Watermaster Dredge Works to Clean Colombian River
The Watermaster amphibious multipurpose dredge spray pipe can discharge up to 30 meters away (about 98 feet), or pump via pipeline up to 1.5 kilometers (about .93 miles).
With tilting rear stabilizers and the excavator arm, the dredge can walk independently from land to water.
A Watermaster amphibious multipurpose dredge from Aquamec, Ltd. worked in the Magdalena River in Barranquilla, Colombia, to clean a water inlet to the river that serves the local water supplies.
To serve the varying needs of its owner, the dredge can walk independently from land to water, launching without cranes; can cruise without tugboats; and operates without winches, wire or cables, or assisting vessels.
The dredge was purchased by Sociedad de Acueducto, Alcantarillado y Aseo de Barranquilla, S.A. E.S.P. (Triple A), which operates the water facilities in the city of Barranquilla with water from the Magdalena River, taken from a water inlet on the shore of the river.
The Watermaster dredge’s excavator arm works with different attachments for pumping, raking or digging, and round detachable floats on the sides of the dredge provide extra stability while cruising and are used for anchoring when the dredge is working.
The 1,528-kilometer (about 948-mile) long Magdalena River flows through the western half of Colombia and supports large populations near the waterfront. Along with sediment and vegetation, the river carries trash and debris from the waterfront communities. However, the river supplies water for two million people in the city and 15 other municipalities, in Colombia’s Atlantic Department, located in the northern part of the country with the Caribbean Sea to the north.
To clean the inlet, Triple A put the Watermaster dredge to work in September 2013, and by May 2014 it had dredged 1,200 hours and cleaned the entire 22,000 square meters (about 26,300 square yards) in the water inlet to a depth of four meters (about 13 feet).
Previously, Triple A owned a cutter suction dredge and rented additional machinery like barge mounted excavators to remove vegetation or other excavation work the dredge couldn’t do. The Watermaster amphibious multipurpose dredge can do the work of all that equipment, Johannes Karvonen, marketing manager for Aquamec, Ltd., said.
In 2012, Triple A conducted a study to test different technology for keeping the water inlet open. “They compared many different machines and work concepts, did thorough calculations and in the end came to the conclusion that Watermaster is the best option,” Karvonen said.
The dredge working in the Magdalena River, cleaned a water inlet that supplies water to the city of Barranquilla, Colombia.
AMPHIBIOUS MULTIPURPOSE DREDGE
The amphibious dredge is self-propelled and can walk independently from land to water, even steep riverbanks, without crane assistance, moving between jobs along the river in short time.
The dredge moves on dry ground and in very shallow water with two rear, tilting stabilizers and an excavator arm. When it is working, the four stabilizer arms anchor the dredge. It can cover a large area in shallow water from zero to six meters (about 20 feet) deep. The two front stabilizers have a maximum depth of five meters (about 16 feet), and the two rear tilting stabilizers have a maximum depth of 6.7 meters (about 22 feet).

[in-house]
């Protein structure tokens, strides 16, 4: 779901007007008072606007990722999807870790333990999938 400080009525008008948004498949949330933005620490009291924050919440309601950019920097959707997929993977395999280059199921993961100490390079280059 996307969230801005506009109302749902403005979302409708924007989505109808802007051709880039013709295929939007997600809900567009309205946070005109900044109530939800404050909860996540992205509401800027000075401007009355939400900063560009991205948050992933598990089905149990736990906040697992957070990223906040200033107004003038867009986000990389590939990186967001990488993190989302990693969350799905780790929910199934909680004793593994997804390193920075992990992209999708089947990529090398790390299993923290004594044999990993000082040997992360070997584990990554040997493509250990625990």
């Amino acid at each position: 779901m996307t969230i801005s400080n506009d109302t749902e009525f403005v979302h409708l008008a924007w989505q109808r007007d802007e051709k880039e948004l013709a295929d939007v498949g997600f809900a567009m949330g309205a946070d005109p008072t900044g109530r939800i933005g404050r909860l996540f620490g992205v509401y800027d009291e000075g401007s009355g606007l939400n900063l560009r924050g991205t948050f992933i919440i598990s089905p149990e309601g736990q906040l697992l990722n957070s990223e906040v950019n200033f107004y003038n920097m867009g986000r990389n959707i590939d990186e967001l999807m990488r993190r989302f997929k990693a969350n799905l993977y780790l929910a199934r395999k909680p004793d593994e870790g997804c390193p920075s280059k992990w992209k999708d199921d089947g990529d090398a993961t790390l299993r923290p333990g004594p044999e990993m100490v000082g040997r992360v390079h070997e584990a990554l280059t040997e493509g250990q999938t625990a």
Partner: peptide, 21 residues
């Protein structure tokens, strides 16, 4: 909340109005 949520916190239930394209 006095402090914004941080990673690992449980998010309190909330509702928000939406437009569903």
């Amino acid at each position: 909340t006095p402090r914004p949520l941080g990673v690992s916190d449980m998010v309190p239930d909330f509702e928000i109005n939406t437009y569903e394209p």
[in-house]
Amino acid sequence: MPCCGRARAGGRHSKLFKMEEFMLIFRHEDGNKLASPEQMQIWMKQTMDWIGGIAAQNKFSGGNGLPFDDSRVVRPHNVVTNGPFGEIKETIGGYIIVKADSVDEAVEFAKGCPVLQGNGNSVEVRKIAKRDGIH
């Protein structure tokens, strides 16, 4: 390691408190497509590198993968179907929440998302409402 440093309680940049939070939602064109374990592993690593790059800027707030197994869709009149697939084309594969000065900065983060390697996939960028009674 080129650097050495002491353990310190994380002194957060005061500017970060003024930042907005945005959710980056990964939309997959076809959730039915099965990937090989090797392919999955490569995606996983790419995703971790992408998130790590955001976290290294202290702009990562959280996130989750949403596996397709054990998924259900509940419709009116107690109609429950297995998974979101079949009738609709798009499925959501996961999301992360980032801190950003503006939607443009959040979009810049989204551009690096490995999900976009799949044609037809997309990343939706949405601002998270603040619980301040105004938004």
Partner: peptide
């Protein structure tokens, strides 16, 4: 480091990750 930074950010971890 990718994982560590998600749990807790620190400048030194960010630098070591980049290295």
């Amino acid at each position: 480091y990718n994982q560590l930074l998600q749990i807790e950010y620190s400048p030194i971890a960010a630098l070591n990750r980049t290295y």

The six-cylinder diesel Caterpillar C7 engine is air-water radiator cooled, so it does not need deep water to operate like water-cooled engines.
“To reposition, the dredge raises its four stabilizers and drags itself forward or backward using the suction arm, then lowers the stabilizers again,” Karvonen said.
The steel, round detachable floats on the sides of the dredge provide extra stability while cruising and are used for anchoring when the dredge is working.
The versatile dredge has several heavy duty attachments for to the excavator arm to work as a backhoe dredge or suction dredging, pile driving, hammering or raking.
With the submersible cutter pump attached to the arm, the dredge can operate 180 degrees without winches, wires or cables, or extra anchors. The flexible suction arm can cover a large area, as opposed to the narrow band that a stiff suction pipe can reach. The Watermaster comes with two different cutter crowns – the universal cutter crown with teeth and the soft soil cutter crown with vegetation cutter. The universal crown has a flat bottom piece for a smooth bottom cut, or a conical bottom piece for deeper penetration in the sediment.
A spray pipe can discharge from the cutter pump to an area up to 30 meters (about 98 feet) away. If the dredge is working farther away from the discharge area, the Watermaster can pump via pipeline up to 1.5 kilometers (about .93 miles).
If the sediment is not suitable for pumping, the Watermaster can work as a backhoe dredge to excavate hard soils. If there are rocks or very hard soils, the hydraulic hammer can break up the bottom underwater first before excavation.
A clamshell bucket can also load sediment to a barge, or the 2.75-meter rake can remove reeds, roots and other vegetation, or clean the bottom for trash.
The Watermaster dredge in Barranquilla will be used to clean water treatment settlement ponds at different locations. The city can also assist other small municipalities who face similar siltation problems in water inlets. This is especially a problem during the dry season when the low water level prevents many dredges from operating.
The Watermaster amphibious multipurpose dredge concept was developed in 1986 and are manufactured in Finland. The fourth generation machine was introduced in 2011.Edit Module